Pamela Friers is a retired English educator, reiki master and teacher, and published writer.

Lee A. Gooden is a comics writer, freelance journalist and reviewer of books, film, music, art and theater. He is an actor, director and award-winning playwright and poet.

David Graham is a poet and retired writing and literature teacher. His poems have been published in such journals as Prairie Schooner, The Cortland Review and Sycamore Review, and featured on Poetry Daily and The Writers Almanac. For 28 years, Graham hosted the Visiting Writers Series at Ripon College. He served on The Poets’ Prize Committee and Wisconsin Poet Laureate Commission, and was resident poet and a faculty member at The Frost Place in Franconia, New Hampshire. He is contributing editor for Verse-Virtual, for which he writes a monthly column, “Poetic License,” on poetry and poets.

Susan Jefts is a poet and editor from the Adirondacks and Vermont, whose poems have been published in numerous journals, locally and nationally. She runs workshops using poetry to deepen experiences in nature and of what we find sacred. Jefts’ poetry and essays focus on sense of place. Her poetry collection, “Breathing Lessons,” was released this summer. Her poetry and essays can be found in various literary journals including Blue Line, Parnassus, Bluestone, Big City Lit, The Literary Gazette, Bluestone Review, ByLine, Zig Zag Magazine, Fired Up, The Healing Muse, All About Mentoring and in the award-winning anthology, "A Slant of Light, Birchsong II," the "Best of Burlington Writers Anthology 2017," "Quiet Diamonds" and "Birchsong," in addition to various online publications.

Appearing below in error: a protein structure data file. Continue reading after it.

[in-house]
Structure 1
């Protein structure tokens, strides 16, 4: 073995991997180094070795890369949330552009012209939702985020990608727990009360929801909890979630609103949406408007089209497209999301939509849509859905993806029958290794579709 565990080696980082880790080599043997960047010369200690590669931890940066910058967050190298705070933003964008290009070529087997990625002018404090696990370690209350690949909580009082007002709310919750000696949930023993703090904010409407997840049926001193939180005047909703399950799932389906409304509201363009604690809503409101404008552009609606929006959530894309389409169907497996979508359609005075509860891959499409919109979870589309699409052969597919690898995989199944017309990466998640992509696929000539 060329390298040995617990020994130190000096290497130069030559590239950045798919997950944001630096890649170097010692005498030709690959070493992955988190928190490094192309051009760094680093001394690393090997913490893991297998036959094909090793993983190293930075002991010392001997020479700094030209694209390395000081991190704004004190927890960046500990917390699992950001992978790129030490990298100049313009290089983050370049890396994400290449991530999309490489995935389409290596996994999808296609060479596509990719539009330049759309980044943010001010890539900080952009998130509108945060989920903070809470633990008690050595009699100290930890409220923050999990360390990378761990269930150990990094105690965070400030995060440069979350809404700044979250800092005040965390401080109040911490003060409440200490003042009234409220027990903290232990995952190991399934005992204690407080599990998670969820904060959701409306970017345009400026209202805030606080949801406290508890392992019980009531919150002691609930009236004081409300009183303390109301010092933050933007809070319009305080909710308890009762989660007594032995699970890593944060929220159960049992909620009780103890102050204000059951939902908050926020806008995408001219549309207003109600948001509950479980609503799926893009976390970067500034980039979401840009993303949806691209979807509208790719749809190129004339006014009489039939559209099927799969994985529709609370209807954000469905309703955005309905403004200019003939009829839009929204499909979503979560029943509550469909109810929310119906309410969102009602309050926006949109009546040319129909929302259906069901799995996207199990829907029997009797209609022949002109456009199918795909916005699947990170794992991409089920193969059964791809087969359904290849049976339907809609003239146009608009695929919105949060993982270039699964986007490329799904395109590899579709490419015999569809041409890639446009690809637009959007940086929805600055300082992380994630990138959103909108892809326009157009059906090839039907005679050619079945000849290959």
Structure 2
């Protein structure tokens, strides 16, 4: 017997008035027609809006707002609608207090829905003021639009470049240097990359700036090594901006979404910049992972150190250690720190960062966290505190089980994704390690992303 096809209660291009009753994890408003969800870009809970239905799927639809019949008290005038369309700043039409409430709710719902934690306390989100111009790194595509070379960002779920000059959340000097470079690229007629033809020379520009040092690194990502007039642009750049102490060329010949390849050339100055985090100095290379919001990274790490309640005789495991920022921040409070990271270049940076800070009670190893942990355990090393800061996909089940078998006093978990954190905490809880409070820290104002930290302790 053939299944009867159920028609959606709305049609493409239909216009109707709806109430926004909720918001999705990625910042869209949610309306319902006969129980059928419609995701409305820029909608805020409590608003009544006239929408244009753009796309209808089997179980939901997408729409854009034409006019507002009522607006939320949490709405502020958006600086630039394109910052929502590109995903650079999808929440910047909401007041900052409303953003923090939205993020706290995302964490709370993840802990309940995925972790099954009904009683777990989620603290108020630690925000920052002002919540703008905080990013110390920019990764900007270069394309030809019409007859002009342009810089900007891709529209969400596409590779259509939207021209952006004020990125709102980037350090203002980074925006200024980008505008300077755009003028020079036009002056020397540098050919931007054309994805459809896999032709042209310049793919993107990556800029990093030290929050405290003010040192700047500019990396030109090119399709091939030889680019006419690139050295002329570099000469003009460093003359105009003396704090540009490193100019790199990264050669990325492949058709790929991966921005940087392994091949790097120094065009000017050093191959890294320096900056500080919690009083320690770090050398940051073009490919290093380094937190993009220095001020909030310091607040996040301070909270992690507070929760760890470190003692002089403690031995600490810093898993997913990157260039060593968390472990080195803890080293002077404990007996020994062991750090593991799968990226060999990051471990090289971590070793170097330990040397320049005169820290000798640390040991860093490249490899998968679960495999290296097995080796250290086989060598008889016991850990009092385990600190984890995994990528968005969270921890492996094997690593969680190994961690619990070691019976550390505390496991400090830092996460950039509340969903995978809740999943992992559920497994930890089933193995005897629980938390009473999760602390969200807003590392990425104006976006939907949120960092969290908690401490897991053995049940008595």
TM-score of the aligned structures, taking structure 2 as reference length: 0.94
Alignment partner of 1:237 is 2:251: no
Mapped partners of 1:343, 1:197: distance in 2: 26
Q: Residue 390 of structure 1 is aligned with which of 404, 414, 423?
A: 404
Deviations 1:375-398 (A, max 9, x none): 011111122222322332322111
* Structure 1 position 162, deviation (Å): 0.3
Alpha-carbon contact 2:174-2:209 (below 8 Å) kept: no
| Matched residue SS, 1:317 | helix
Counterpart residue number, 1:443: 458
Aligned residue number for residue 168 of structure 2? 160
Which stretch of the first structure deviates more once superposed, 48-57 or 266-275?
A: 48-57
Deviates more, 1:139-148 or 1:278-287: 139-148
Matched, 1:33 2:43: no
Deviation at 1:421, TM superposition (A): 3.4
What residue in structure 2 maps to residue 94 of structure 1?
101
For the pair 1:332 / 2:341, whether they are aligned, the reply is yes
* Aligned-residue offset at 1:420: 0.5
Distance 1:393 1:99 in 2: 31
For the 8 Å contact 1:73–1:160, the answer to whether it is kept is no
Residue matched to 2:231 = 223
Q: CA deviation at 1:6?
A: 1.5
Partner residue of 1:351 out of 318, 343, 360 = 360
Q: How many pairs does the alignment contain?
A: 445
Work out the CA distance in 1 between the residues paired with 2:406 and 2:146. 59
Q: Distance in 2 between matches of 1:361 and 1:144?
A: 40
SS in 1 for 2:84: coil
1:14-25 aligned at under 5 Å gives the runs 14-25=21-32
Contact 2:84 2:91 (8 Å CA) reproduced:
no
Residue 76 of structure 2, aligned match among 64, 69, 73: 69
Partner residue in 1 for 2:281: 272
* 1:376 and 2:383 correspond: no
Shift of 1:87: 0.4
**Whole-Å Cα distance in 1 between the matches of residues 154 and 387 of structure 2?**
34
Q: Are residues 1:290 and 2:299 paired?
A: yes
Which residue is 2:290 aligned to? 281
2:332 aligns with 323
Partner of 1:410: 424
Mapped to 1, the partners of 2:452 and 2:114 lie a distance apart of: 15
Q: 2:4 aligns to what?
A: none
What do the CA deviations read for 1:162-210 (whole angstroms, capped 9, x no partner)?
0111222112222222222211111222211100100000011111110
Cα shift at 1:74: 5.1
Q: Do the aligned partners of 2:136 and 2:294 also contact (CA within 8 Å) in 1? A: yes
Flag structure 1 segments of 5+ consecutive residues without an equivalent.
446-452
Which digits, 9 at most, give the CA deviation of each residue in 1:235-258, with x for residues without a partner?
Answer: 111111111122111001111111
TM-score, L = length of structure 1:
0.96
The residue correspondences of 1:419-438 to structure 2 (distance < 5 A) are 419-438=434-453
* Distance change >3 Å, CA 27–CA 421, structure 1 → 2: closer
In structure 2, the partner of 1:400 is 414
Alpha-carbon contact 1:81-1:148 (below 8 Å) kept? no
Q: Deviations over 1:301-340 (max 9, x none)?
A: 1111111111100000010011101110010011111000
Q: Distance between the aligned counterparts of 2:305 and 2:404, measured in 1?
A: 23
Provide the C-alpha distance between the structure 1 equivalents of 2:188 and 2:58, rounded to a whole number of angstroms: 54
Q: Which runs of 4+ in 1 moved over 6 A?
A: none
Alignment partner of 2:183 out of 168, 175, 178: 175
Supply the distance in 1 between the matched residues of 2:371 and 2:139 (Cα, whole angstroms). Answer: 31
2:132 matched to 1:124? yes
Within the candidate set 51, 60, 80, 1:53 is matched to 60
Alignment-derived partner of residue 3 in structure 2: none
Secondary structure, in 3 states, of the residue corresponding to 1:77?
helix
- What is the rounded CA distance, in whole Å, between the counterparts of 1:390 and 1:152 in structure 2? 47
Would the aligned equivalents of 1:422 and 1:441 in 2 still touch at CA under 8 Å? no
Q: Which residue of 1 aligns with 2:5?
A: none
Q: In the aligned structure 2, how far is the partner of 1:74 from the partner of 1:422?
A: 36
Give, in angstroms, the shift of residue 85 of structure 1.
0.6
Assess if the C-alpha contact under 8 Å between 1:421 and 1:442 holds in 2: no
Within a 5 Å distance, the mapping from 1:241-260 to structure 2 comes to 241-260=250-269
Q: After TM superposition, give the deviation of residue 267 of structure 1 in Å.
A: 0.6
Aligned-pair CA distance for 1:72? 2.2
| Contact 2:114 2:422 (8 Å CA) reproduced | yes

Kathleen McCoy is a poet, professor, mother, wife and lover of the word. Her most recent book, “Ringing the Changes,” was finalist for Book Excellence Award (Ontario), as was her debut full-length collection, “Green and Burning.” She is author of a chapbook, “More Water Than Words,” an anthology, “Ekphrasis: Art into Words,” and her debut chapbook, “Night-Blooming Cereus.” McCoy is a distinguished professor of English at SUNY Adirondack.

Lucyna Prostko was awarded The New York Times Fellowship while earning a master’s degree from New York University. Her poetry has appeared in The Bitter Oleander, Fugue, Washington Square, Painted Bride Quarterly, Ellipsis, Quiddity, Five Points and other literary magazines. Her collection, “Infinite Beginnings,” won the Bright Hill Press Poetry Book Competition. She teaches at Queensbury High School.

Nancy White’s first book, “Sun, Moon, Salt,” won the Washington Prize for poetry. Other published collections of poems include “Detour” and “Ask Again Later.” Her poems appear in many journals, including Antioch Review, Black Warrior Review, Cincinnati Review, Diner, FIELD, The Journal, Massachusetts Review, Nimrod, Ploughshares, Poet Lore, Rattle, Seneca Review, Sojourners and Washington Square. She has served as president and co-editor-in-chief at The Word Works in Washington, D.C., since 2010. She is a distinguished professor of English at SUNY Adirondack.